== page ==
Materials: Wood, coconut shell, horse hair
The Chinese violin on display in the Music Room area of the Institute of Texan Cultures is a huqin or “Hu-Chin” which is a general term given to any spiked fiddle. One type of huqin, called the “erhu,” is identified by its distinctive hexagonal sound box. Hugin are two-stringed instruments often made of rosewood, with gut strings and a horsehair bow. The strings on the violin can also be made of silk in stead of gut. The two pegs at the top of the violin adjust the tension of the strings and can be used to tune the instrument. The sound box of this hugin is made of a coconut shell and covered with a thin piece of wood to help produce the sound, other hugin may use an animal or snake skin to cover the sound box.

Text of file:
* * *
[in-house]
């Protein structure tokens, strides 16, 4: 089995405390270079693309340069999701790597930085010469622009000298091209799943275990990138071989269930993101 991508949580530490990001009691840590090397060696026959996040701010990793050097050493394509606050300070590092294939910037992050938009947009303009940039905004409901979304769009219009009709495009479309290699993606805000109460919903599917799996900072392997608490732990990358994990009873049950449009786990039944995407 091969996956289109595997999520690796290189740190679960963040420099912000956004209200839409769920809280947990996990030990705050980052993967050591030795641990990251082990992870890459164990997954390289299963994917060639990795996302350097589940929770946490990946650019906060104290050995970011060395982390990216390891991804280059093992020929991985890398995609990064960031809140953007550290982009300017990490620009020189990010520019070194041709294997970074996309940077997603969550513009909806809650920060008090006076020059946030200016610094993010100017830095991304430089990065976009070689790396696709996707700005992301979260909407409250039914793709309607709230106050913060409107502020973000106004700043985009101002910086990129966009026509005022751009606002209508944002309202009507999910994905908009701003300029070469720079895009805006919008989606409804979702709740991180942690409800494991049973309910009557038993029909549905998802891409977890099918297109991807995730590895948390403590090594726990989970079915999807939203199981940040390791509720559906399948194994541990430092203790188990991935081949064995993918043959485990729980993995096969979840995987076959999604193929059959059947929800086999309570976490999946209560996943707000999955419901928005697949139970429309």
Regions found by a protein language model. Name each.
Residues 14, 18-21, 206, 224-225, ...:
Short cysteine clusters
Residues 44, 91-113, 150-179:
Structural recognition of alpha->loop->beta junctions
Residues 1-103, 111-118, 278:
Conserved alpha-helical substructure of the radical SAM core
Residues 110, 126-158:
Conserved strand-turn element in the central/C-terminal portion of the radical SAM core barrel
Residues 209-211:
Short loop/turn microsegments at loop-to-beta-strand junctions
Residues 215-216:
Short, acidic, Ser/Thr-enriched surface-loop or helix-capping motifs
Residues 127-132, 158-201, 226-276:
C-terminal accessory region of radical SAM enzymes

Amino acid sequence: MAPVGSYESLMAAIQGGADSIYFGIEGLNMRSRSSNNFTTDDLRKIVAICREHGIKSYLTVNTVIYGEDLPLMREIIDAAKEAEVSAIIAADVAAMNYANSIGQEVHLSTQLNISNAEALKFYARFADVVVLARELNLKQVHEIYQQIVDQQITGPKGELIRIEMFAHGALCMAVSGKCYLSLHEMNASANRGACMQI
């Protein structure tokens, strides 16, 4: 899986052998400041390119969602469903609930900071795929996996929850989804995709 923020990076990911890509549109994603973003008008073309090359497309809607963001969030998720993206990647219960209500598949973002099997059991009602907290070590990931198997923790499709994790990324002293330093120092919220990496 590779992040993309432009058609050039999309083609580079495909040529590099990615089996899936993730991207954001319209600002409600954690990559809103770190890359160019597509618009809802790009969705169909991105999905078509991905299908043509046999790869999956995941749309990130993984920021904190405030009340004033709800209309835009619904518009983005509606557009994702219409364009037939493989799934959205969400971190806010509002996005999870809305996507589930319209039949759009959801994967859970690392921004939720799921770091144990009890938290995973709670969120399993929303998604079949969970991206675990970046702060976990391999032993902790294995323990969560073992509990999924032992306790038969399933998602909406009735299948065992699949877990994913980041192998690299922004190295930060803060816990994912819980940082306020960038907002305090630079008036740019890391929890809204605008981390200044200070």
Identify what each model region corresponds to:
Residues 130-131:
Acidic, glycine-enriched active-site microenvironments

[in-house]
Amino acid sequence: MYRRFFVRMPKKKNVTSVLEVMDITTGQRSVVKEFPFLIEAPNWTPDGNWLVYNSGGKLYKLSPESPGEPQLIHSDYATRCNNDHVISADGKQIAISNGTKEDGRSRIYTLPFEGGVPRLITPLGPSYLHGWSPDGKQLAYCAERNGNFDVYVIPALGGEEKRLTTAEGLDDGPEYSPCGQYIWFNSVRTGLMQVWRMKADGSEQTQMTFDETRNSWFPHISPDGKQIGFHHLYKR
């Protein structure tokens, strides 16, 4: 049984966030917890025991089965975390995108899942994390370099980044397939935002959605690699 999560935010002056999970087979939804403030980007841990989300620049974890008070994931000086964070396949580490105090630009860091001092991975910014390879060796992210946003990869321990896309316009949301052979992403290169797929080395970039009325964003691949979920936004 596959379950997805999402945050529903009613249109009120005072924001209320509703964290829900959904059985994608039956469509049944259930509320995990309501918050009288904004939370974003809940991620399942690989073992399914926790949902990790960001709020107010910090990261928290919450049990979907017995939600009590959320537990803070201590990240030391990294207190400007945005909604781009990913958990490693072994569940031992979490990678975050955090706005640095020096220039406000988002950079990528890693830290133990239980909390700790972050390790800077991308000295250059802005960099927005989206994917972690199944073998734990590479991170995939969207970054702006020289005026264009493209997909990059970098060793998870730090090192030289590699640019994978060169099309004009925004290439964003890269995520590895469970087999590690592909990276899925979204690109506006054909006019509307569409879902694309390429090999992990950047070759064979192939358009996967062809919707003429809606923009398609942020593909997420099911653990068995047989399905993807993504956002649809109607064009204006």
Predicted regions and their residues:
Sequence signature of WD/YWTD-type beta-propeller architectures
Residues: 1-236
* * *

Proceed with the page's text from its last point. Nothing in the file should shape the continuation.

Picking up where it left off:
When played it sounds melodic and ancient, which you would expect when looking at the violin. It has a long fret board but, unlike a traditional Western style violin, it is not played with the musician’s fingers pressing the strings against the board. Instead the musician uses their fingers to tighten the strings without pressing them against the fret board. The instrument is played vertically, while sitting on the lap of the violinist with the bow passing between the strings of the violin.
This instrument is not easy to master and takes many years and discipline to learn. Guiding the bow through the strings and using the other hand to control vibrato and pitch is not easy. Because the strings float on top of the board; intonation is not easy to achieve. With lots of practice, the erhu can produce sounds that imitate birds chirping, horses neighing, and other calmer sounds. It is a very expressive instrument.